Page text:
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Consumption of meat and dairy and lymphoma risk in the european prospective investigation into cancer and nutrition


Abstract

The consumption of meat and other foods of animal origin is a risk factor for several types of cancer, but the results for lymphomas are inconclusive. Therefore, we examined these associations among 411,097 participants of the European Prospective Investigation into Cancer and Nutrition (EPIC). During a median follow-up of 8.5 years, 1334 lymphomas (1,267 non-Hodgkin lymphoma, 67 Hodgkin lyphomas) were identified. Consumption of red and processed meat, poultry, milk, and dairy products was assessed by dietary questionnaires. Cox proportional hazard regression was used to evaluate the association of the consumption of these food groups with lymphoma risk. Overall, consumption of foods of animal origin were not associated with an increased risk of NHL or HL, but associations with specific subgroups of NHL entities were noted. A high intake of processed meat was associated with an increased risk of B-cell chronic lymphocytic leukaemia (BCLL) (relative risk (RR) per 50 g intake = 1.31, 95% confidence interval (CI) 1.06-1.63), but a decreased risk of follicular lymphomas (FL) (RR=0.58; 0.38-0.89). A high intake of poultry was related to an increased risk of B-cell lymphomas (RR=1.22, 1.05-1.42 per 10 g intake), FL (RR=1.65; 1.18-2.32), and BCLL (RR=1.54; 1.18-2.01) in the continuous models. In conclusion, no consistent associations between red and processed meat consumption and lymphoma risk were observed, but we found that the consumption of poultry was related to an increased risk of B-cell lymphomas. Chance is a plausible explanation of the observed associations, which need to be confirmed in further studies.

The consumption of meat and other foods of animal origin is a risk factor for several types of cancer, but the results for lymphomas are inconclusive. Therefore, we examined these associations among 411,097 participants of the European Prospective Investigation into Cancer and Nutrition (EPIC). During a median follow-up of 8.5 years, 1334 lymphomas (1,267 non-Hodgkin lymphoma, 67 Hodgkin lyphomas) were identified. Consumption of red and processed meat, poultry, milk, and dairy products was assessed by dietary questionnaires. Cox proportional hazard regression was used to evaluate the association of the consumption of these food groups with lymphoma risk. Overall, consumption of foods of animal origin were not associated with an increased risk of NHL or HL, but associations with specific subgroups of NHL entities were noted. A high intake of processed meat was associated with an increased risk of B-cell chronic lymphocytic leukaemia (BCLL) (relative risk (RR) per 50 g intake = 1.31, 95% confidence interval (CI) 1.06-1.63), but a decreased risk of follicular lymphomas (FL) (RR=0.58; 0.38-0.89). A high intake of poultry was related to an increased risk of B-cell lymphomas (RR=1.22, 1.05-1.42 per 10 g intake), FL (RR=1.65; 1.18-2.32), and BCLL (RR=1.54; 1.18-2.01) in the continuous models. In conclusion, no consistent associations between red and processed meat consumption and lymphoma risk were observed, but we found that the consumption of poultry was related to an increased risk of B-cell lymphomas. Chance is a plausible explanation of the observed associations, which need to be confirmed in further studies.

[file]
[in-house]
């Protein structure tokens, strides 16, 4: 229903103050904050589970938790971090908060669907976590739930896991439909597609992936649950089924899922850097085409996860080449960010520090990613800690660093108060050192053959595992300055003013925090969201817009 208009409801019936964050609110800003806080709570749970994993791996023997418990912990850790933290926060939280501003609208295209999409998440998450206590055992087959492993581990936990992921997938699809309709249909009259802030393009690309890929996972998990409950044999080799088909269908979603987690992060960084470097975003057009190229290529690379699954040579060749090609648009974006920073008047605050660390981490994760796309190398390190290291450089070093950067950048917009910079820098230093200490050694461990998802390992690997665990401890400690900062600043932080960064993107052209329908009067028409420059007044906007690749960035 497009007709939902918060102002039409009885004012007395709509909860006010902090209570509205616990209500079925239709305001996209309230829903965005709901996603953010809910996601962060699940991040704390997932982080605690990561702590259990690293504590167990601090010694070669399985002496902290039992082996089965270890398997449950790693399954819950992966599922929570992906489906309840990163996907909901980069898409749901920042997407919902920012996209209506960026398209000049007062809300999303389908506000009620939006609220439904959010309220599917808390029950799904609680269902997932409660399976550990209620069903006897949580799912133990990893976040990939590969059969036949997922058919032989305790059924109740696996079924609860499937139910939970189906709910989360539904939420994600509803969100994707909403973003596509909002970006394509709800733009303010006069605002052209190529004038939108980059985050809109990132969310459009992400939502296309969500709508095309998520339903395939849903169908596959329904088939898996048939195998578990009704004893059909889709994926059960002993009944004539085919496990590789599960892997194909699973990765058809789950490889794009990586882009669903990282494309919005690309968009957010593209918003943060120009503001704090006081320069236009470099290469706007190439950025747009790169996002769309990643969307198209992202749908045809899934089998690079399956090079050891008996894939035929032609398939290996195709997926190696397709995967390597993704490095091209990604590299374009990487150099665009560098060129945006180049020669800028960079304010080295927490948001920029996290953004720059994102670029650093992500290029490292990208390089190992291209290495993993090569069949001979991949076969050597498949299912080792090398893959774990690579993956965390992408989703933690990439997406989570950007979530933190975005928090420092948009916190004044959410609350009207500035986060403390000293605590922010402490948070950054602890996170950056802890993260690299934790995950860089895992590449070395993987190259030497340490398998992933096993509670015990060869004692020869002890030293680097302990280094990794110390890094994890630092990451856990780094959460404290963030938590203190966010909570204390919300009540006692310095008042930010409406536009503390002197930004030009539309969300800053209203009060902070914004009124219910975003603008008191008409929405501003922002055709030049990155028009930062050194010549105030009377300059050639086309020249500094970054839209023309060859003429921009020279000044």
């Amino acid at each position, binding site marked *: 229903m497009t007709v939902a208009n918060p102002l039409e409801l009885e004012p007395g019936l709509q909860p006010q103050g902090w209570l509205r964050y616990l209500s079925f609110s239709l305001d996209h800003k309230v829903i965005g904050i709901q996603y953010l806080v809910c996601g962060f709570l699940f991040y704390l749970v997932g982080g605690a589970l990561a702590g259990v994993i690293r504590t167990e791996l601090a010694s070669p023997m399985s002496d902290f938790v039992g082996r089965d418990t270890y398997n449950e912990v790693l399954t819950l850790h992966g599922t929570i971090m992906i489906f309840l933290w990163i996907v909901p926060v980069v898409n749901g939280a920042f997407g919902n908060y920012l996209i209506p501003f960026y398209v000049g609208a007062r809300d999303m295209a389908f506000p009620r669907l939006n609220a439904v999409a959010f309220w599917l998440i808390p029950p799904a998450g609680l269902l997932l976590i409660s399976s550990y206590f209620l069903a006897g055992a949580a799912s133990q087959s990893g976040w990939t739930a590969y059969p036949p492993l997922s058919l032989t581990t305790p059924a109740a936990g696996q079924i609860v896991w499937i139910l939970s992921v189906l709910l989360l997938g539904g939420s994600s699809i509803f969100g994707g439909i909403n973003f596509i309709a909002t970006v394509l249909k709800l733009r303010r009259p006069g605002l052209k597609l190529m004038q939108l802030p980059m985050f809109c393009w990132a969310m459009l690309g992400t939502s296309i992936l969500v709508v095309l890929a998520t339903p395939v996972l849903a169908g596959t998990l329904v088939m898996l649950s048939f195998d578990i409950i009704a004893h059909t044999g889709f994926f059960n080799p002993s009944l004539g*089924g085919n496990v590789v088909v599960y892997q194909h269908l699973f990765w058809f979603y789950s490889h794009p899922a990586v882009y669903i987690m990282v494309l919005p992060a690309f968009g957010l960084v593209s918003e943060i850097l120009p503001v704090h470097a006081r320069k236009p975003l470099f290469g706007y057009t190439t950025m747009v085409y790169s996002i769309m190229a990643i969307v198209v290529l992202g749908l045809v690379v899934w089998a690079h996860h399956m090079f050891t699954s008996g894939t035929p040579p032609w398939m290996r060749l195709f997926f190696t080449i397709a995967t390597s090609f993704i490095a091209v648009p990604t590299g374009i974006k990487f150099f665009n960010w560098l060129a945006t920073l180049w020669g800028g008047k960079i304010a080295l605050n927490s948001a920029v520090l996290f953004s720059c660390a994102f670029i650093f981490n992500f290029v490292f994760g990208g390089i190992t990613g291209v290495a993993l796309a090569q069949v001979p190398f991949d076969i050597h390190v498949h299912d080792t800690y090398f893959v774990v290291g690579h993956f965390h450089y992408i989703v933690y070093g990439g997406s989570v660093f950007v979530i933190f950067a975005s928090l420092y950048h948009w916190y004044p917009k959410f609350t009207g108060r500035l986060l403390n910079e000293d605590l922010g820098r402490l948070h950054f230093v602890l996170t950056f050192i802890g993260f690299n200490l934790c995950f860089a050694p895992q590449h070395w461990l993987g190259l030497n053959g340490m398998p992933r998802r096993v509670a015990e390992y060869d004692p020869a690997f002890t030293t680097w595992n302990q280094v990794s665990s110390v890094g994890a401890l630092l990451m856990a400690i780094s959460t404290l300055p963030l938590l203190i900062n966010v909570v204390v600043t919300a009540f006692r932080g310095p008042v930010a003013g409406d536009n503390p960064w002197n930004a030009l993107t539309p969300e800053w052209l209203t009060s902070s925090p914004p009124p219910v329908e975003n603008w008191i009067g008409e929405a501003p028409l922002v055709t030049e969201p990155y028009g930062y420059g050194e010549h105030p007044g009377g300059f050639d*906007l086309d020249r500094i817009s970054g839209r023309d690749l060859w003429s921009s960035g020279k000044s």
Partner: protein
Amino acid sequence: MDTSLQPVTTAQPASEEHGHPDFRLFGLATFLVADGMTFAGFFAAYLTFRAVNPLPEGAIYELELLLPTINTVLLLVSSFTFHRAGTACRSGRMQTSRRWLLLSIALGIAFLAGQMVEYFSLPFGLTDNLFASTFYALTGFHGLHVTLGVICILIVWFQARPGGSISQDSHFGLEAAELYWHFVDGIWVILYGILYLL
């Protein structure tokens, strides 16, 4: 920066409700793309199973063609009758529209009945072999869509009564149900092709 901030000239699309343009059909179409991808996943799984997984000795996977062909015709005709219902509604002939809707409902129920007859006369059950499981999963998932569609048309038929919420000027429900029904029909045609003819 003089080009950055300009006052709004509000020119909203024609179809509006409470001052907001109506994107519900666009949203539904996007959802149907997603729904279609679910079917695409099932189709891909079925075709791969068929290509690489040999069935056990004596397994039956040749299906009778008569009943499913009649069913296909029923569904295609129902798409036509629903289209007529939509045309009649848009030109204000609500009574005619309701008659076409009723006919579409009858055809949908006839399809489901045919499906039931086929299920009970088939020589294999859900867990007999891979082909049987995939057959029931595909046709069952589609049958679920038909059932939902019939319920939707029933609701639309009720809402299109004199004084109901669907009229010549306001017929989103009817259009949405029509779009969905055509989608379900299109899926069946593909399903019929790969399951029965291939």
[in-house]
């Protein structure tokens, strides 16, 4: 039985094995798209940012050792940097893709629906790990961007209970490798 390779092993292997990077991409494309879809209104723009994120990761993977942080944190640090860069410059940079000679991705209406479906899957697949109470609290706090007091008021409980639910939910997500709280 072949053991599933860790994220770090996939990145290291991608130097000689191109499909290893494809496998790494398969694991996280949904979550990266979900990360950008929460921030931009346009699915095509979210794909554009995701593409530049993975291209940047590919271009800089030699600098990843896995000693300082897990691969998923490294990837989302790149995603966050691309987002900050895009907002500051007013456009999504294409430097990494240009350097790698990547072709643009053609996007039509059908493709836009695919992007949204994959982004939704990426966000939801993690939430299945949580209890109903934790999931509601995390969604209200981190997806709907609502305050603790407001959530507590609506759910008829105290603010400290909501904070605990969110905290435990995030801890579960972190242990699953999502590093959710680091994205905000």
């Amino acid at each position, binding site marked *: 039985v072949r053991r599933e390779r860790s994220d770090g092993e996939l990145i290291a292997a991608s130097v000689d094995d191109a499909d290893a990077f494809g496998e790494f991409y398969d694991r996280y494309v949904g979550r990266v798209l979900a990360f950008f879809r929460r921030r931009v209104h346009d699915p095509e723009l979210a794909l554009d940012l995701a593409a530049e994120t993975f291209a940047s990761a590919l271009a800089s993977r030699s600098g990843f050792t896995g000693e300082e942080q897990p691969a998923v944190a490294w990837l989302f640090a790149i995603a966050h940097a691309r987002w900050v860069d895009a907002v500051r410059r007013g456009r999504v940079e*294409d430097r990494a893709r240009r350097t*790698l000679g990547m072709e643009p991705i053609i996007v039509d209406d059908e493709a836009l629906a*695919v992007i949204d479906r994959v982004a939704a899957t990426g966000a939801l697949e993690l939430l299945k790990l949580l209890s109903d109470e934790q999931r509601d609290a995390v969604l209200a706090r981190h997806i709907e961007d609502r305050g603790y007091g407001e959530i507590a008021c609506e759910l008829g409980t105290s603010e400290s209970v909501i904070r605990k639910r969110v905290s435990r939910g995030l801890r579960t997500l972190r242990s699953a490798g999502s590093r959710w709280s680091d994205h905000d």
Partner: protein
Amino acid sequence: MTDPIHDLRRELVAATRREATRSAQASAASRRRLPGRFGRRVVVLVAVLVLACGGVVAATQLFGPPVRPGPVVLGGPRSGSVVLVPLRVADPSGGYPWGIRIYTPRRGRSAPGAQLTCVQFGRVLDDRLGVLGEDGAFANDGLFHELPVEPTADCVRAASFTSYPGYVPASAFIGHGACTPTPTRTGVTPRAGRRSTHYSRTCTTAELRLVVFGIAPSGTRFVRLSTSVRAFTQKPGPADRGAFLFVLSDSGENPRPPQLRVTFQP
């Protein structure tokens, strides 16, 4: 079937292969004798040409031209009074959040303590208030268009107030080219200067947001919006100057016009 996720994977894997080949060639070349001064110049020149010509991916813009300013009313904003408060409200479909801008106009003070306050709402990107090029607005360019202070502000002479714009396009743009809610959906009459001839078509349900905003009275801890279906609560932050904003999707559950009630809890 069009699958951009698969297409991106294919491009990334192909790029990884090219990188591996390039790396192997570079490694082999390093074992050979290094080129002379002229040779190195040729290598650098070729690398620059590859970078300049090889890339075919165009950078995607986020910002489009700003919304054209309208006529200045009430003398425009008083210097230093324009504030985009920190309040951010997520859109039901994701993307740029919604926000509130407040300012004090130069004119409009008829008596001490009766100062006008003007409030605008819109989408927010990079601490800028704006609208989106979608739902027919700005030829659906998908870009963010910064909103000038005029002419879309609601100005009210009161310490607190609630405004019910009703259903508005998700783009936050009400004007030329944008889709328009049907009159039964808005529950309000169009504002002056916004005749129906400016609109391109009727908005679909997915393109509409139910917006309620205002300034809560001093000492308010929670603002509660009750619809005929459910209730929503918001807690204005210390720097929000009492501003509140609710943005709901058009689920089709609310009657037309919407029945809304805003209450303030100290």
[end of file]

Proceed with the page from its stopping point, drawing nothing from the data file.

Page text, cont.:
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Additional indexing

Item Type:Journal Article, refereed, original work
Communities & Collections:04 Faculty of Medicine > Epidemiology, Biostatistics and Prevention Institute (EBPI)
Dewey Decimal Classification:610 Medicine & health
Language:English
Date:14 April 2011
Deposited On:17 Jan 2011 08:08
Last Modified:05 Apr 2016 14:25
Publisher:Wiley-Blackwell
ISSN:0020-7136
Publisher DOI:https://doi.org/10.1002/ijc.25387
PubMed ID:20473877
Permanent URL: https://doi.org/10.5167/uzh-38601

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